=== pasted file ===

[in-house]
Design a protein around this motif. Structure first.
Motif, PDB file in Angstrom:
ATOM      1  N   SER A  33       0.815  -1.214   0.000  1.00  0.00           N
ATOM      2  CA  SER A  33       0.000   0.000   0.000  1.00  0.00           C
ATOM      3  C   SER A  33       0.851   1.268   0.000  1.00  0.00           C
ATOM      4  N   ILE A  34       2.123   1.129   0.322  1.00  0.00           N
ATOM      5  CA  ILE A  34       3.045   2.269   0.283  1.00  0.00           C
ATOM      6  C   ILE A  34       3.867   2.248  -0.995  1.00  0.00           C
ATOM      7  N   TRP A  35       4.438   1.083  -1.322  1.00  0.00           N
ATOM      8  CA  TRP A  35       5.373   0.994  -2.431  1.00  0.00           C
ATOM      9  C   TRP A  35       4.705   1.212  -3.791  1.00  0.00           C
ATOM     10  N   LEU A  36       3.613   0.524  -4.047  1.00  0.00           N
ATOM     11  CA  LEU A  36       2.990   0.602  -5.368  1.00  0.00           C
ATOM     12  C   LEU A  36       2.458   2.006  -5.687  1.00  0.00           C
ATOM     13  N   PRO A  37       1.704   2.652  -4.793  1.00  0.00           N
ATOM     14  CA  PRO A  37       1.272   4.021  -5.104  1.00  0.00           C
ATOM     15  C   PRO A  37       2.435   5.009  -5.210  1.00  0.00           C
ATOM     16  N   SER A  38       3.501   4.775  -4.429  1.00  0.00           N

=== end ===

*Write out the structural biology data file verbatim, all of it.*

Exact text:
[in-house]
Design a protein around this motif. Structure first.
Motif, PDB file in Angstrom:
ATOM      1  N   SER A  33       0.815  -1.214   0.000  1.00  0.00           N
ATOM      2  CA  SER A  33       0.000   0.000   0.000  1.00  0.00           C
ATOM      3  C   SER A  33       0.851   1.268   0.000  1.00  0.00           C
ATOM      4  N   ILE A  34       2.123   1.129   0.322  1.00  0.00           N
ATOM      5  CA  ILE A  34       3.045   2.269   0.283  1.00  0.00           C
ATOM      6  C   ILE A  34       3.867   2.248  -0.995  1.00  0.00           C
ATOM      7  N   TRP A  35       4.438   1.083  -1.322  1.00  0.00           N
ATOM      8  CA  TRP A  35       5.373   0.994  -2.431  1.00  0.00           C
ATOM      9  C   TRP A  35       4.705   1.212  -3.791  1.00  0.00           C
ATOM     10  N   LEU A  36       3.613   0.524  -4.047  1.00  0.00           N
ATOM     11  CA  LEU A  36       2.990   0.602  -5.368  1.00  0.00           C
ATOM     12  C   LEU A  36       2.458   2.006  -5.687  1.00  0.00           C
ATOM     13  N   PRO A  37       1.704   2.652  -4.793  1.00  0.00           N
ATOM     14  CA  PRO A  37       1.272   4.021  -5.104  1.00  0.00           C
ATOM     15  C   PRO A  37       2.435   5.009  -5.210  1.00  0.00           C
ATOM     16  N   SER A  38       3.501   4.775  -4.429  1.00  0.00           N